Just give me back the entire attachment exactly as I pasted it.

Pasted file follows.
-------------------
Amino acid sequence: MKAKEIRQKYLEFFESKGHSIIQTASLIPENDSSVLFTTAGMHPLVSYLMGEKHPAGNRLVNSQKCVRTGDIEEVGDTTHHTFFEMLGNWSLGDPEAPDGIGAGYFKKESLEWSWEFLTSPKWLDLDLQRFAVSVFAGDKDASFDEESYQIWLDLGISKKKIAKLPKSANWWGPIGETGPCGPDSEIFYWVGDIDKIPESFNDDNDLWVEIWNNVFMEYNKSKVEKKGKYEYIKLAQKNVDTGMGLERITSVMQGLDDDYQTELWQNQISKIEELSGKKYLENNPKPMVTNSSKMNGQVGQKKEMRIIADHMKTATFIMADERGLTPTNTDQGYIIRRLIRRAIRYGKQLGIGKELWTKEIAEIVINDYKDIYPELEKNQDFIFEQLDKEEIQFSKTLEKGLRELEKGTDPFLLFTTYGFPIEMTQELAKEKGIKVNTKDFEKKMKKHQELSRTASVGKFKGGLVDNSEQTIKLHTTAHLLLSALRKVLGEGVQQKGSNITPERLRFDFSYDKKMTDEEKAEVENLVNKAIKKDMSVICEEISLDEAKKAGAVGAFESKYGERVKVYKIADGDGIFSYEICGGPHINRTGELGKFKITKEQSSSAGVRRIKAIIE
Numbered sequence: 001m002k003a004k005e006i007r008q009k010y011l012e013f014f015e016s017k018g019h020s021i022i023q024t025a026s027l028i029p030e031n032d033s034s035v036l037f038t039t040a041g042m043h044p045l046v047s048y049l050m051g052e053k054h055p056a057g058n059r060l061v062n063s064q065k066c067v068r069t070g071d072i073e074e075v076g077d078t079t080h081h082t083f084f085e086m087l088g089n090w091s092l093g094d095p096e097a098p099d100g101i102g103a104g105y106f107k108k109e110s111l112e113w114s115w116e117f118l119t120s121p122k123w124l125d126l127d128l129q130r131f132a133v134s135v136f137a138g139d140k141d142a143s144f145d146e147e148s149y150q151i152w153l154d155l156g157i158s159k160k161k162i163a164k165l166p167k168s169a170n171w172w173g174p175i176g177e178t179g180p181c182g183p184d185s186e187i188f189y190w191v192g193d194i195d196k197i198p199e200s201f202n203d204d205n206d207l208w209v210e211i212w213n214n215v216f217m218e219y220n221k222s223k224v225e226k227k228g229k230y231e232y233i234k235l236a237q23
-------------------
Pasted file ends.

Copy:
Amino acid sequence: MKAKEIRQKYLEFFESKGHSIIQTASLIPENDSSVLFTTAGMHPLVSYLMGEKHPAGNRLVNSQKCVRTGDIEEVGDTTHHTFFEMLGNWSLGDPEAPDGIGAGYFKKESLEWSWEFLTSPKWLDLDLQRFAVSVFAGDKDASFDEESYQIWLDLGISKKKIAKLPKSANWWGPIGETGPCGPDSEIFYWVGDIDKIPESFNDDNDLWVEIWNNVFMEYNKSKVEKKGKYEYIKLAQKNVDTGMGLERITSVMQGLDDDYQTELWQNQISKIEELSGKKYLENNPKPMVTNSSKMNGQVGQKKEMRIIADHMKTATFIMADERGLTPTNTDQGYIIRRLIRRAIRYGKQLGIGKELWTKEIAEIVINDYKDIYPELEKNQDFIFEQLDKEEIQFSKTLEKGLRELEKGTDPFLLFTTYGFPIEMTQELAKEKGIKVNTKDFEKKMKKHQELSRTASVGKFKGGLVDNSEQTIKLHTTAHLLLSALRKVLGEGVQQKGSNITPERLRFDFSYDKKMTDEEKAEVENLVNKAIKKDMSVICEEISLDEAKKAGAVGAFESKYGERVKVYKIADGDGIFSYEICGGPHINRTGELGKFKITKEQSSSAGVRRIKAIIE
Numbered sequence: 001m002k003a004k005e006i007r008q009k010y011l012e013f014f015e016s017k018g019h020s021i022i023q024t025a026s027l028i029p030e031n032d033s034s035v036l037f038t039t040a041g042m043h044p045l046v047s048y049l050m051g052e053k054h055p056a057g058n059r060l061v062n063s064q065k066c067v068r069t070g071d072i073e074e075v076g077d078t079t080h081h082t083f084f085e086m087l088g089n090w091s092l093g094d095p096e097a098p099d100g101i102g103a104g105y106f107k108k109e110s111l112e113w114s115w116e117f118l119t120s121p122k123w124l125d126l127d128l129q130r131f132a133v134s135v136f137a138g139d140k141d142a143s144f145d146e147e148s149y150q151i152w153l154d155l156g157i158s159k160k161k162i163a164k165l166p167k168s169a170n171w172w173g174p175i176g177e178t179g180p181c182g183p184d185s186e187i188f189y190w191v192g193d194i195d196k197i198p199e200s201f202n203d204d205n206d207l208w209v210e211i212w213n214n215v216f217m218e219y220n221k222s223k224v225e226k227k228g229k230y231e232y233i234k235l236a237q23